A Philosophical Perspective of World Wars

...Introduction: Humanity has climbed mountains – both literal and figurative – to prove that we stand out amongst the animals. We have demonstrated our ability to persevere in the face of adversity; we have constructed certain ideals such as personal freedom, individuality, love, and altruism. Since the beginning of history, we have struggled to find truth and understanding. People like Jesus Christ, Siddhartha Gautama, Socrates, Plato, Aristotle, Immanuel Kant, Albert Einstein, George Washington (and so many others), have helped to create a model of human ambition, have helped us to better recognize our underlying purpose in the universe. We have in our history the examples of Ancient Greece, the Enlightenment, and the Romantic Movement. We have created music, logic, poetry, art, religion, science, and mathematics in order to assist us in our quest to dissect creation and find some sort of semblance of meaning that might justify our existence. The list of our accomplishments is immeasurably vast. However, man might have proved that he can reach for ideals, but he has not proved that he can maintain them. We may have climbed mountains, but we have not been able to live for long in such high places. Despite our accomplishments, humanity’s failings have been just as extensive. Our history is also scarred with a long list of wars, injustices, unnecessary deaths, prejudices, hatreds, and disappointments. The pinnacle of our shortcomings, the end-point to our intellectual......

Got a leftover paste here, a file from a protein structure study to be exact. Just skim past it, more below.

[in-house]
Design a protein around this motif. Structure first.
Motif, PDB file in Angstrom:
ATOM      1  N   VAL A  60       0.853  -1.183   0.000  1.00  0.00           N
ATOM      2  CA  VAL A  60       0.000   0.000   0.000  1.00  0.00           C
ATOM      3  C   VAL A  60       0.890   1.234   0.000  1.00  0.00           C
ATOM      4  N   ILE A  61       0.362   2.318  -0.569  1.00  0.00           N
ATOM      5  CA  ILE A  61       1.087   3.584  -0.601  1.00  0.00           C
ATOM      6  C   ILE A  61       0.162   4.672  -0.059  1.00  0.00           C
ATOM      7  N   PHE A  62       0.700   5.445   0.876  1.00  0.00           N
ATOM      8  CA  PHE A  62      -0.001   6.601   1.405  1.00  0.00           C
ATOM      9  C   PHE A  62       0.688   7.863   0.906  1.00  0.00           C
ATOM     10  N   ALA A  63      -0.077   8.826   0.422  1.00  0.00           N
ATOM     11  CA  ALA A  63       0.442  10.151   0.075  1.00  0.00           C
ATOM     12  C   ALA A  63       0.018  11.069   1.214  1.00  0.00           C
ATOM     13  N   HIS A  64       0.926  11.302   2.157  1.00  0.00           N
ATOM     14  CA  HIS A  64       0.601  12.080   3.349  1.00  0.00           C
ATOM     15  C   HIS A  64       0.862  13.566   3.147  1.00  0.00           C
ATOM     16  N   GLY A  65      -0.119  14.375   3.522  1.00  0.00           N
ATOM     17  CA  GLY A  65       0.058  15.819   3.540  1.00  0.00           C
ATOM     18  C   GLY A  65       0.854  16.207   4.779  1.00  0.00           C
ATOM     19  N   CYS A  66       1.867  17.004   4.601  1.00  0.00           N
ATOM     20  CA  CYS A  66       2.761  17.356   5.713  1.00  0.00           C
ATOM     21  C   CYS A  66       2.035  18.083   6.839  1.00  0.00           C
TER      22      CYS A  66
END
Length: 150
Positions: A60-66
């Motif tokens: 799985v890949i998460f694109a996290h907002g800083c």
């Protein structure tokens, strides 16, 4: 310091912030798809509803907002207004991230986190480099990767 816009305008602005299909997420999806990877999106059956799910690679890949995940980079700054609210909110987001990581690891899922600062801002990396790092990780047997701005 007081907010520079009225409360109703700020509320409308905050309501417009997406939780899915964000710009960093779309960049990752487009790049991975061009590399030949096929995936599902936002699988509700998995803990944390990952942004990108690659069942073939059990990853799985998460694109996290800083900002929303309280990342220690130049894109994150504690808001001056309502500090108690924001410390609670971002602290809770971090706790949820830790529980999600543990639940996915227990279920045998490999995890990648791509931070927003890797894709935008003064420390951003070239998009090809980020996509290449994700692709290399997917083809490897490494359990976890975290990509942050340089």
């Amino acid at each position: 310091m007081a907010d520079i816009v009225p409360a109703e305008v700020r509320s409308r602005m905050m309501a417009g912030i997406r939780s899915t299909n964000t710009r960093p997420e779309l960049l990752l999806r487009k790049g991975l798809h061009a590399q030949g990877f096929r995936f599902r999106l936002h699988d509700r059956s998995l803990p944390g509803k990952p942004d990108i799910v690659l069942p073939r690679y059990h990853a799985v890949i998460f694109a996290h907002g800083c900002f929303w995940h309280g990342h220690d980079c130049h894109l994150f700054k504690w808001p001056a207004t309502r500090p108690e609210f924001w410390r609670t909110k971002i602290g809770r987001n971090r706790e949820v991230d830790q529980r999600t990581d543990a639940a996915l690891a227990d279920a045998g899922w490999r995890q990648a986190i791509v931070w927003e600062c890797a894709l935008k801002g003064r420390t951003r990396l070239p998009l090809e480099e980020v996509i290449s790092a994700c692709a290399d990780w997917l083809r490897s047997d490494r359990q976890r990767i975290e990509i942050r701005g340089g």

Words: 2315 - Pages: 10

Free Essay

Mccarthyism and the Red Scares Impact on the Media in the 50s/60s

...McCarthyism and The Second Red Scares impact on Media in the 1950-60s decades (Research and Analysis Paper) In 1950, fewer than 50,000 Americans out of a total US population of 150 million were members of the Communist Party(Gilder Lehrman). However following WWII the the time period of the 1950-1970 was marked as a period of mass fear of Communism. American fears of internal communist infiltration reached Its highest point since the First Red Scare of the 1920-30s. Government organizations investigated millions of americans, “asking what books and magazines they read, what unions and civic organizations they belonged to, and whether they went to church” (Gilder Lehrman). This time period was also marked by the major shift and blacklisting of celebrities primarily in show business. One of the people who took full advantage of the mass hysteria was Senator Joseph McCarthy from Wisconsin. McCarthy began his crusade by giving a speech at the Women’s Republican Club of Wheeling, in West Virginia, where he stated that he had a list of over 220 confirmed communists living in the US. The numbers of this statement dropped over the years as people began to watch him more closely. However this didn’t stop him from rising to more power, after the Republicans regained a majority in the senate, McCarthy took control of a subcommittee, and performed investigations on government agencies. Other Cold War “activists” consisted of Minnesota Senator Hubert Humphrey, union leader Walter......